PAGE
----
“ If you can just present very simply an image or form that can make someone smile, then you get to the universal…that is always the ultimate goal.” ROB PRUITT
With his subversive wit, Rob Pruitt takes a gentle animal out of its natural environment and re-contextualizes it into a riotous statement about preciousness. Hovering and possibly crossing over the brink of kitsch, I Love Bamboo (I hate you), 2002 challenges the construction of aesthetic value systems. Quoting Warhol’s classic ‘diamond dust’ paintings, Pruitt’s panda paintings, shimmer and gleam with manufactured elegance, ironic comments on what is truly of value. Indeed, Pruitt’s complex pandas are anything but black and white. While the panda bear’s appearance is meant to camflouage with its environment, Pruitt lends a sense of irony to the subject by overtly drawing attention to it through the ostentatiously sparkly surface. Riffng on ornamentation, referencing fashion design by embellishing the image and glamorizing it through visual representation, Pruitt displays unexpected contrast between the naturalism of the bamboo and panda and the artificial glitz and sparkle of glitter.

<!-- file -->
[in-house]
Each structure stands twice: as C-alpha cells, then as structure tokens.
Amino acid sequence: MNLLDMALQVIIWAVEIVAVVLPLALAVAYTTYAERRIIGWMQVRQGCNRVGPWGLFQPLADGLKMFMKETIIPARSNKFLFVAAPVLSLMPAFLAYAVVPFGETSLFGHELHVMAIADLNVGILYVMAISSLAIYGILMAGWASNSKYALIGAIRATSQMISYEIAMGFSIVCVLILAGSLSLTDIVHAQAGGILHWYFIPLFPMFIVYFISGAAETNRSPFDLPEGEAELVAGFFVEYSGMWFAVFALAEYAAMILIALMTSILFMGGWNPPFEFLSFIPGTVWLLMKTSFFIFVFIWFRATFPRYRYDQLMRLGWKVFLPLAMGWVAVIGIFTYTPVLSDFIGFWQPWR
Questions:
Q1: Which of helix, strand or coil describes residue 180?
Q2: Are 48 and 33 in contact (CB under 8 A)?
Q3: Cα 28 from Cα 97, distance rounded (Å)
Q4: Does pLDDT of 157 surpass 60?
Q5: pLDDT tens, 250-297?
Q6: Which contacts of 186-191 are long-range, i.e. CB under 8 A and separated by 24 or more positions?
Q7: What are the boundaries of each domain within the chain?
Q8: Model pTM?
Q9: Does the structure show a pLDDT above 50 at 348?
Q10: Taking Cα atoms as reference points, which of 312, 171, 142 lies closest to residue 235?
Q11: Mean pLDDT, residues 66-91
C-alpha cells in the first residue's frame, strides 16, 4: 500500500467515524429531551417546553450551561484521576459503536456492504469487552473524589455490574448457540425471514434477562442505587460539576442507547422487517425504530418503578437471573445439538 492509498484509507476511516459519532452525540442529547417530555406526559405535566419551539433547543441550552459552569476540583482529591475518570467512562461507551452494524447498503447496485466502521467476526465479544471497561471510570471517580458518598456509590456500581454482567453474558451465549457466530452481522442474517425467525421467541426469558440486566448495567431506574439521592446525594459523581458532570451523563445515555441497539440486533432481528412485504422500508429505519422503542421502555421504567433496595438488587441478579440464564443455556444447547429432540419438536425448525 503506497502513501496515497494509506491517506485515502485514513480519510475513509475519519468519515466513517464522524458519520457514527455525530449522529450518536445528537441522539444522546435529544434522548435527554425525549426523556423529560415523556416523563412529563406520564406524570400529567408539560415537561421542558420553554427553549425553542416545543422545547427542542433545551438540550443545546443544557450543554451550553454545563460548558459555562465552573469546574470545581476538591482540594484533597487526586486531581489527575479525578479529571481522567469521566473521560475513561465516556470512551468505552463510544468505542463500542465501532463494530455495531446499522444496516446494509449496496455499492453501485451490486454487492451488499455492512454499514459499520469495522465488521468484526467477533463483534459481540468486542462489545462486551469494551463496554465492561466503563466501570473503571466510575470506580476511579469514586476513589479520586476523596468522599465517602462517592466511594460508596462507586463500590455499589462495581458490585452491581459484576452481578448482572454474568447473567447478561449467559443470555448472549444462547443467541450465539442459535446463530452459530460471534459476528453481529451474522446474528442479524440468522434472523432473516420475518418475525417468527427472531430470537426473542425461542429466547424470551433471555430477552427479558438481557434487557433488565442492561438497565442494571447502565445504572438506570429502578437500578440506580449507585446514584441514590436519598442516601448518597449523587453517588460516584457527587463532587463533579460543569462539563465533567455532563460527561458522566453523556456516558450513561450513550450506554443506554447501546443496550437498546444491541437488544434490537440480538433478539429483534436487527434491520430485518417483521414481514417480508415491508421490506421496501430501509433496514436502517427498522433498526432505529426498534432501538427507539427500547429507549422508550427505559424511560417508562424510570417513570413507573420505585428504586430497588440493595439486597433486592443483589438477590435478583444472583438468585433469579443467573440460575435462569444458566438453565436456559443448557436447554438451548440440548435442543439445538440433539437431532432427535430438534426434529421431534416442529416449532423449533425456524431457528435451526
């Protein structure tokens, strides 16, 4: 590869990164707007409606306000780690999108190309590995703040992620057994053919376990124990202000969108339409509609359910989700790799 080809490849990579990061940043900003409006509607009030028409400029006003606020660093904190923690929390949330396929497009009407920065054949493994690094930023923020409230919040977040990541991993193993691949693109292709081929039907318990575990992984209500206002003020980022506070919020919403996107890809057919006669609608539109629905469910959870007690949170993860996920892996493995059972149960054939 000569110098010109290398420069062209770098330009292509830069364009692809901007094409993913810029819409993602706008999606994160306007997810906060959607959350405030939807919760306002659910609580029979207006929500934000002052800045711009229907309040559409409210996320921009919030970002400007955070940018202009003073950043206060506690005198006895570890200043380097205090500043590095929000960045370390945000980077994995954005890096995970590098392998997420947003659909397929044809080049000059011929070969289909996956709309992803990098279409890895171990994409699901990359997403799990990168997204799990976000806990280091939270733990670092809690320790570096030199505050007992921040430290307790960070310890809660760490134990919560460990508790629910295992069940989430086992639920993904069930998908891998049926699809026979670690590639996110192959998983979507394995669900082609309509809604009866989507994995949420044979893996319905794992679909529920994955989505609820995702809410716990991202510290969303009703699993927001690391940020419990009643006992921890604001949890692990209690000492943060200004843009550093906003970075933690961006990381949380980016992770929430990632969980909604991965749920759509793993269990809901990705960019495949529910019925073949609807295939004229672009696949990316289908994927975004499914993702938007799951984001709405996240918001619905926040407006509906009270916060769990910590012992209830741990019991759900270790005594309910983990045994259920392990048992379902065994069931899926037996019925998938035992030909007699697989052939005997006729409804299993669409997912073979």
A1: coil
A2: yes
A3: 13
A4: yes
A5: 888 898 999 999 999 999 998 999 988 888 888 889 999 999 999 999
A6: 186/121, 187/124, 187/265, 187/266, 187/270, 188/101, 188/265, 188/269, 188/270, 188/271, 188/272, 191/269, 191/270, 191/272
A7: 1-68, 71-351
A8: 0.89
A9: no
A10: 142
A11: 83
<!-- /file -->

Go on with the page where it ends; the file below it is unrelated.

This sense of playfulness evoked in I Love Bamboo (I hate you), 2002, resonates throughout the artist’s oeuvre, describing his artworks as “blow-up versions of dining-room-table craft projects. I’ve made hundreds of paintings out of glitter. I’ve really enjoyed letting the world know that not everything is so mystified or so regulated to expertise—that you can make something really beautiful with a little ingenuity and some supplies from Michaels [craft shop].” (Rob Pruitt in conversation with James Franco, "Rob Pruitt", Interview Magazine, 2009) In this way, Pruitt’s panda bears become characteristic of the artist’s unyielding sense of playfulness, innovation, optimism and humor, which has ultimately turned Pruitt into an art world darling.